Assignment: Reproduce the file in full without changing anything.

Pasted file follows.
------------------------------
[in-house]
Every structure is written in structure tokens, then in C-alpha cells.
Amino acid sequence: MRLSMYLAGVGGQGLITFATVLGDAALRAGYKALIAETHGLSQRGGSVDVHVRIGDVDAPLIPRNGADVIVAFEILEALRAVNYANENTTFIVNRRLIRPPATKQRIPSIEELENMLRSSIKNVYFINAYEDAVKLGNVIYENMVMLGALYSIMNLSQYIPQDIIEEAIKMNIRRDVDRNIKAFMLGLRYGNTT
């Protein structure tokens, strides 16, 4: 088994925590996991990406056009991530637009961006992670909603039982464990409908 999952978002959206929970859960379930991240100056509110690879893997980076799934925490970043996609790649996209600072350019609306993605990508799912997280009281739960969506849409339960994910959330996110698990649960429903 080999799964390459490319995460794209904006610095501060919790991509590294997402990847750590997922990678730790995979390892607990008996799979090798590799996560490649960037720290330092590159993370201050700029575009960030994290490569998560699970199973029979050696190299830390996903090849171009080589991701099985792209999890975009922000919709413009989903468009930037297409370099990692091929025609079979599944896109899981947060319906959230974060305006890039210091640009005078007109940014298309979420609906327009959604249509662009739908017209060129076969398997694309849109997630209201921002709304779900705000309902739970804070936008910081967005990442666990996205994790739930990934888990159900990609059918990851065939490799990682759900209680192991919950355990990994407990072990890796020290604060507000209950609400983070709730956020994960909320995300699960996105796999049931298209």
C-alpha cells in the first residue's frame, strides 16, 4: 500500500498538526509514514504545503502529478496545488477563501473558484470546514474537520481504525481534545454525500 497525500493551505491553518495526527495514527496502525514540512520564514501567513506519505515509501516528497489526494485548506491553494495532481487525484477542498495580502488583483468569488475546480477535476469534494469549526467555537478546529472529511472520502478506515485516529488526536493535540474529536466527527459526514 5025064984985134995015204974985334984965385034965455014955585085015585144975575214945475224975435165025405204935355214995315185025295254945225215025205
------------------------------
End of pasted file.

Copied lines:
[in-house]
Every structure is written in structure tokens, then in C-alpha cells.
Amino acid sequence: MRLSMYLAGVGGQGLITFATVLGDAALRAGYKALIAETHGLSQRGGSVDVHVRIGDVDAPLIPRNGADVIVAFEILEALRAVNYANENTTFIVNRRLIRPPATKQRIPSIEELENMLRSSIKNVYFINAYEDAVKLGNVIYENMVMLGALYSIMNLSQYIPQDIIEEAIKMNIRRDVDRNIKAFMLGLRYGNTT
């Protein structure tokens, strides 16, 4: 088994925590996991990406056009991530637009961006992670909603039982464990409908 999952978002959206929970859960379930991240100056509110690879893997980076799934925490970043996609790649996209600072350019609306993605990508799912997280009281739960969506849409339960994910959330996110698990649960429903 080999799964390459490319995460794209904006610095501060919790991509590294997402990847750590997922990678730790995979390892607990008996799979090798590799996560490649960037720290330092590159993370201050700029575009960030994290490569998560699970199973029979050696190299830390996903090849171009080589991701099985792209999890975009922000919709413009989903468009930037297409370099990692091929025609079979599944896109899981947060319906959230974060305006890039210091640009005078007109940014298309979420609906327009959604249509662009739908017209060129076969398997694309849109997630209201921002709304779900705000309902739970804070936008910081967005990442666990996205994790739930990934888990159900990609059918990851065939490799990682759900209680192991919950355990990994407990072990890796020290604060507000209950609400983070709730956020994960909320995300699960996105796999049931298209």
C-alpha cells in the first residue's frame, strides 16, 4: 500500500498538526509514514504545503502529478496545488477563501473558484470546514474537520481504525481534545454525500 497525500493551505491553518495526527495514527496502525514540512520564514501567513506519505515509501516528497489526494485548506491553494495532481487525484477542498495580502488583483468569488475546480477535476469534494469549526467555537478546529472529511472520502478506515485516529488526536493535540474529536466527527459526514 5025064984985134995015204974985334984965385034965455014955585085015585144975575214945475224975435165025405204935355214995315185025295254945225215025205